Under the University’s 2015–16 budget, the annual cost of a Princeton education will top $60,000 for the first time, but more money is being set aside for financial aid to help make it affordable.
The $1.75 billion budget, approved by the trustees in January, will boost undergraduate tuition, room, and board by a total of 3.9 percent. When books and personal expenses are included, the cost of a year at Princeton will exceed $60,000, but the total will remain “firmly at the bottom of its comparison group” — the Ivies plus Stanford and MIT — said Provost David S. Lee *96 *99.
The University’s financial-aid budget will increase by 7.4 percent to $140.2 million — growing by a larger percentage than its fee package for the 14th time in 15 years, Lee said. About 59 percent of undergraduates receive aid, and that number is expected to increase slightly as the University continues its efforts to attract a more socioeconomically diverse student body. The projected average grant for next year’s freshman class is $46,350.
“Most students from families with incomes up to $140,000 pay no tuition, and for an average family with income around $160,000, grant support would cover roughly 80 percent of tuition,” Lee said.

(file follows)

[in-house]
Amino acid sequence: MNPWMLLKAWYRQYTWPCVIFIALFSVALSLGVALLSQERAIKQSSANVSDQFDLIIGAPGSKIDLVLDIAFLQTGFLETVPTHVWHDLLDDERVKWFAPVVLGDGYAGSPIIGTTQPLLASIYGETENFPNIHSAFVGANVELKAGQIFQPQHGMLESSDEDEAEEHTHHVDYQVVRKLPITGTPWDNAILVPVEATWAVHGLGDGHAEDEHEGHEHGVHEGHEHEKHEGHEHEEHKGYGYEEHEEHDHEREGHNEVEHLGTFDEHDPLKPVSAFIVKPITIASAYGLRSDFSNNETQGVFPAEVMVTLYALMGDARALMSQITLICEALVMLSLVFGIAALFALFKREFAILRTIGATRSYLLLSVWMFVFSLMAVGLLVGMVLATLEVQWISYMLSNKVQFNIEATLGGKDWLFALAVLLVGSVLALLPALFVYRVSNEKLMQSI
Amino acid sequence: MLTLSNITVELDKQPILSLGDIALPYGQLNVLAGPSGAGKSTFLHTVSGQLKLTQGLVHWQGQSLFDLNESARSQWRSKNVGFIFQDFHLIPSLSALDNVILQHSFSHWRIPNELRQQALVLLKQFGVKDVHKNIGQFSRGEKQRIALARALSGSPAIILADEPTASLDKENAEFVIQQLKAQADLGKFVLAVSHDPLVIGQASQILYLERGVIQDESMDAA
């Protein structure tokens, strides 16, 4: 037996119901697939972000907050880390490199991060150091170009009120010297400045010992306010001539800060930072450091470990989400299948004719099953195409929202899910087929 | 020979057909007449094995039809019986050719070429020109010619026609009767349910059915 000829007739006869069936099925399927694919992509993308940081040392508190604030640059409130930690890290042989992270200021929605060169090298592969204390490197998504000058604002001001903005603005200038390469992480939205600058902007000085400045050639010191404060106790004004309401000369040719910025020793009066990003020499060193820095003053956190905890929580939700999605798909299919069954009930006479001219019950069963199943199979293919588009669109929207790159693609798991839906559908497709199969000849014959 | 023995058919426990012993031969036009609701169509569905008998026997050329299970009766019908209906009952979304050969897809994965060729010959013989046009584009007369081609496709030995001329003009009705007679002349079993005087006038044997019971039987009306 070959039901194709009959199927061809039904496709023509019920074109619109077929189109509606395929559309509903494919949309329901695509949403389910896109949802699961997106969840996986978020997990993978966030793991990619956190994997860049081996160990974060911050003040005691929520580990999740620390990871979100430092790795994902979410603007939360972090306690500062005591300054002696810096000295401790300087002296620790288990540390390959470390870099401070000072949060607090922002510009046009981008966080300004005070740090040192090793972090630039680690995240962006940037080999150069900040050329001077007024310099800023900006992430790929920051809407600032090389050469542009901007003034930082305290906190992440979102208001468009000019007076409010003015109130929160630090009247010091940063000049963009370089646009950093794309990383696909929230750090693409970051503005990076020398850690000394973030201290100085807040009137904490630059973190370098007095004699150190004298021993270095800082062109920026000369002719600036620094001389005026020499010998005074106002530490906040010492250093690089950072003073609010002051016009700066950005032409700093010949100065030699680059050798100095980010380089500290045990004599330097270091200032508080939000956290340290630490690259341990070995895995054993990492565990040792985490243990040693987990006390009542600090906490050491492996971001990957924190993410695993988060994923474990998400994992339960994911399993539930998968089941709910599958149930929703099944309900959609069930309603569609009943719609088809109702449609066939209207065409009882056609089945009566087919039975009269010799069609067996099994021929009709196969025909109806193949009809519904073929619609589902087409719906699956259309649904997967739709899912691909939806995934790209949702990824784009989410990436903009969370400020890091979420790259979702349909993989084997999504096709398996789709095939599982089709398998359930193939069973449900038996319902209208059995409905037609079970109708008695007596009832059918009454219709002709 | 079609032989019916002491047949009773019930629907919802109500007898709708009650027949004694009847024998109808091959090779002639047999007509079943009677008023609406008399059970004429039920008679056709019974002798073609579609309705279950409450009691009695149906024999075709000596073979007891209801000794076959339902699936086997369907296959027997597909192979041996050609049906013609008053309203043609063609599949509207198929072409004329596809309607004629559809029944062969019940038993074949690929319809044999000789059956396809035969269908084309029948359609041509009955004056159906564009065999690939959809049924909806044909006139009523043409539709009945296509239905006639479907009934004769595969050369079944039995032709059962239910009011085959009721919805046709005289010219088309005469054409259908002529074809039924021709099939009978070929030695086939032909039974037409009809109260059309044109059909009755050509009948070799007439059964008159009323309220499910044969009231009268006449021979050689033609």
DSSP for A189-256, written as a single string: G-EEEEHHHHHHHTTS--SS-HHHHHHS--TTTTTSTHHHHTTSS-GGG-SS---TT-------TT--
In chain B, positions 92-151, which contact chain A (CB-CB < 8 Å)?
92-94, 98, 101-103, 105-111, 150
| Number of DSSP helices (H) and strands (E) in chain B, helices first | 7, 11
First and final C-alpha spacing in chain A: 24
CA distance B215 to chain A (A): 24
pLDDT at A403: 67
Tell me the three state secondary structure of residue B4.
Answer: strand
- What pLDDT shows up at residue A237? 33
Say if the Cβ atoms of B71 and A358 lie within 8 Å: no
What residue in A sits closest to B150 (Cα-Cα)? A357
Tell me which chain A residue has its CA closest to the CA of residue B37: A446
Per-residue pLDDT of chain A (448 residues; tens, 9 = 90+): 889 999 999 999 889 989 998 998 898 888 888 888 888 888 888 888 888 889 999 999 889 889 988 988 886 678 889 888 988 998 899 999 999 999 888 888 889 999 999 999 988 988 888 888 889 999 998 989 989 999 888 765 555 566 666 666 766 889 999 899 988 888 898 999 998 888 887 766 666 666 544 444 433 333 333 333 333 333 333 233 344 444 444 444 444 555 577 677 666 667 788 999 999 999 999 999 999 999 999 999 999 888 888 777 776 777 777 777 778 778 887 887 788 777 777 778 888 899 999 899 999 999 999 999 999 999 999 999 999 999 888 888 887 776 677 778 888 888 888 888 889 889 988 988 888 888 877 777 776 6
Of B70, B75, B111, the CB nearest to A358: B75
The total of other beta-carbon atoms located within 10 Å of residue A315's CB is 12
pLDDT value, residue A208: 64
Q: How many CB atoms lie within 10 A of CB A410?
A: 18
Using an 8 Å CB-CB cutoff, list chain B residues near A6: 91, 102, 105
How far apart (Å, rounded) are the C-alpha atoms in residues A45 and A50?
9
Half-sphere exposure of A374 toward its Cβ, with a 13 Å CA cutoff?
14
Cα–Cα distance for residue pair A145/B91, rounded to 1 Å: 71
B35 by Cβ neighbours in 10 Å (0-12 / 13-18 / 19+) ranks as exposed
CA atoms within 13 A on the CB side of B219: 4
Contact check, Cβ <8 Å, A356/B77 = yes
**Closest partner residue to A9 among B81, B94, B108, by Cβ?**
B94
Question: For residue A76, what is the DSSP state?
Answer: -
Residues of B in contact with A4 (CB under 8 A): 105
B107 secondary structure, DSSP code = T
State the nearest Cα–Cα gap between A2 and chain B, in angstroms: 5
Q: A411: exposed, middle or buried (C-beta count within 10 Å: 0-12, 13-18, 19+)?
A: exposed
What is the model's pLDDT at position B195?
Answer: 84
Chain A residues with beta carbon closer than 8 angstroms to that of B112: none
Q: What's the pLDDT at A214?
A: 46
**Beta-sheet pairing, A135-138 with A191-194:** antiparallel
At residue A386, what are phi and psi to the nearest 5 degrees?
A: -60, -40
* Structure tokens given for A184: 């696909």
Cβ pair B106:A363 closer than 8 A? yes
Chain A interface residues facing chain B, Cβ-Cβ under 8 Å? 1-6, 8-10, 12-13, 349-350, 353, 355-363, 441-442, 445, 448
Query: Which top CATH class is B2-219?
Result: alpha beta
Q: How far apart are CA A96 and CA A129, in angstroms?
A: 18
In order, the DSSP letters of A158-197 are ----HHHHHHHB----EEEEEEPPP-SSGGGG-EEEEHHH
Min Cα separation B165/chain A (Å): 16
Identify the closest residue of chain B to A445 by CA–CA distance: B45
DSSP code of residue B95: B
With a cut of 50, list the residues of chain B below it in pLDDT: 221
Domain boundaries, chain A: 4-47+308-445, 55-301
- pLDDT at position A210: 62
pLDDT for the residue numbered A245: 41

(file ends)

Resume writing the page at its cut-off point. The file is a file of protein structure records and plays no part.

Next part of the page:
Tuition for graduate students will increase 3.9 percent. Housing fees will rise between 2 and 3 percent, and graduate stipends will increase 3 percent.
Lee said that Princeton is in a solid financial position, benefiting from savings in energy and health-care costs this year. But he warned of budget pressures including “fierce” competition for top faculty and the need to increase financial aid “to ensure that we remain accessible to all students.”
The budget includes $1 million to support several specific initiatives. They include hiring additional staff at the McGraw Center for Teaching and Learning and the Freshman Scholars Institute, which supports first-generation and lower-income students; adding resources to provide digital access to the Princeton University Art Museum’s entire collection; providing support to the Office of Career Services to fund its “career and life vision” programming and other projects; and hiring additional staff to support graduate students and alumni outreach.
The endowment is expected to contribute $821 million to the budget, 46.8 percent of the total and a 5 percent increase from the current year.